However, you should carefully consider all of your options before refinancing, particularly if you have federal loans. Make sure you understand the potential drawbacks of refinancing your student loans before applying.

Student Loan Refinancing Calculator

Interest

Monthly

Rate

Years

OriginalNewSavings
Interest
Monthly
Rate
Years

Managing your Princeton student loans

Although a degree from Princeton University can be a huge asset, it can also leave you with significant student loan debt. Make sure you understand all of your options and come up with a plan to manage your loans. By being proactive, you can take control of your loans to become debt free more quickly.

Interested in refinancing student loans?

Here are the top 6 lenders of 2018!
LenderRates (APR)Eligible Degrees 
Check out the testimonials and our in-depth reviews!
2.75% - 7.24%Undergrad
& Graduate
Visit SoFi
2.57% - 6.39%Undergrad
& Graduate
Visit Earnest
2.57% - 7.12%Undergrad
& Graduate
Visit CommonBond
2.99% - 6.99%Undergrad
& Graduate
Visit Laurel Road
2.58% - 7.26%Undergrad
& Graduate
Visit Lendkey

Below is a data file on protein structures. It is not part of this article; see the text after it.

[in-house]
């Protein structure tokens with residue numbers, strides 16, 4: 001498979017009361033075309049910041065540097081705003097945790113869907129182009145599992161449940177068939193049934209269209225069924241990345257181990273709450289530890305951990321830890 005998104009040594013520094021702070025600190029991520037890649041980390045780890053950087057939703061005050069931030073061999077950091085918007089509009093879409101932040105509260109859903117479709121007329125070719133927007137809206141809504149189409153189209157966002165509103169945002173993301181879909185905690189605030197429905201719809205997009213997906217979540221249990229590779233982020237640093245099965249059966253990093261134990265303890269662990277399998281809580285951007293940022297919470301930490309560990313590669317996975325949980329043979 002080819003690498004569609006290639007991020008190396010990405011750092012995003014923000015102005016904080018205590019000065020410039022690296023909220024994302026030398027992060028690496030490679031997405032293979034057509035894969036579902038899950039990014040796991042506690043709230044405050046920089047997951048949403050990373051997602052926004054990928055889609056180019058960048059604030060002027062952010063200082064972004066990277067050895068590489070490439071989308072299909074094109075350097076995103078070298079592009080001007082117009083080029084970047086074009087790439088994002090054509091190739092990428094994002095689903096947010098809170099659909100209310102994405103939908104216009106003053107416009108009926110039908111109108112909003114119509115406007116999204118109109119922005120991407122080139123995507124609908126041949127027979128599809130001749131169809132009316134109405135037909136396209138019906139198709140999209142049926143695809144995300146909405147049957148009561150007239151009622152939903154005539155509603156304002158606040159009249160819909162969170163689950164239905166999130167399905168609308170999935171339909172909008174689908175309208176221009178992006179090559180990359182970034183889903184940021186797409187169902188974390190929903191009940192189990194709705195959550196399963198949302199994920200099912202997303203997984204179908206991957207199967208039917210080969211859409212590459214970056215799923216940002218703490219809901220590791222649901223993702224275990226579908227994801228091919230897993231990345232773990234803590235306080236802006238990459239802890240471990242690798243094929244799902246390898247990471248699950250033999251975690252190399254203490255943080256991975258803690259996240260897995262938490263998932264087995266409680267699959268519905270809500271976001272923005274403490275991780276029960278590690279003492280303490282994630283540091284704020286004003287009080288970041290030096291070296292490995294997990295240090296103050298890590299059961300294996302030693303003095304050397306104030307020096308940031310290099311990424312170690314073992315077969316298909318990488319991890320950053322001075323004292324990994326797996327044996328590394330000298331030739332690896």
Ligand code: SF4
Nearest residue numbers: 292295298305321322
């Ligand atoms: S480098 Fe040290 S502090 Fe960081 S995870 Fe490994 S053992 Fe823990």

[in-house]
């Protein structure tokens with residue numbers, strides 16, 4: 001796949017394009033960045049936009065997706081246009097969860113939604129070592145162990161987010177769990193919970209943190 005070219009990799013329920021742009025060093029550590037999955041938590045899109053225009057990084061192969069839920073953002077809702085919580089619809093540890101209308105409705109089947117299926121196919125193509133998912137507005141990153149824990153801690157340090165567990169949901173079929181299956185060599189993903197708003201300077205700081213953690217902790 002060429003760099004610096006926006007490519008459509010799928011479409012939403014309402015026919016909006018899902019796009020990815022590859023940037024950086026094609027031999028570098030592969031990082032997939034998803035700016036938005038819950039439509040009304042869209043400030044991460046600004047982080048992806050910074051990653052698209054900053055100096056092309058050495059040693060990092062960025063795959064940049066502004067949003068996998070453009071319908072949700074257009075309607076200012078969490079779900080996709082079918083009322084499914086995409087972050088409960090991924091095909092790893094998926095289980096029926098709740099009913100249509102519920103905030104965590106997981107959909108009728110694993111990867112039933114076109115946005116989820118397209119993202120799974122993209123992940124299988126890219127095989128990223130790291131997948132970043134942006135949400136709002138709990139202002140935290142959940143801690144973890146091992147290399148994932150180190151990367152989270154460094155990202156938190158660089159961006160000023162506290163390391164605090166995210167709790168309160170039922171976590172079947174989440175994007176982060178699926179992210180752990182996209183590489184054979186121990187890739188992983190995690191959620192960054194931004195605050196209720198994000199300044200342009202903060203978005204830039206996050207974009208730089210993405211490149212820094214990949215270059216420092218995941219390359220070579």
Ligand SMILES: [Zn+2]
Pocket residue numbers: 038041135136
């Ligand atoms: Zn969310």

2.89% - 8.33%Undergrad
& Graduate
Visit Citizens
Advertiser Disclosure

Student Loan Hero Advertiser Disclosure

Our team at Student Loan Hero works hard to find and recommend products and services that we believe are of high quality and will make a positive impact in your life. We sometimes earn a sales commission or advertising fee when recommending various products and services to you. Similar to when you are being sold any product or service, be sure to read the fine print, understand what you are buying, and consult a licensed professional if you have any concerns. Student Loan Hero is not a lender or investment advisor. We are not involved in the loan approval or investment process, nor do we make credit or investment related decisions. The rates and terms listed on our website are estimates and are subject to change at any time. Please do your homework and let us know if you have any questions or concerns.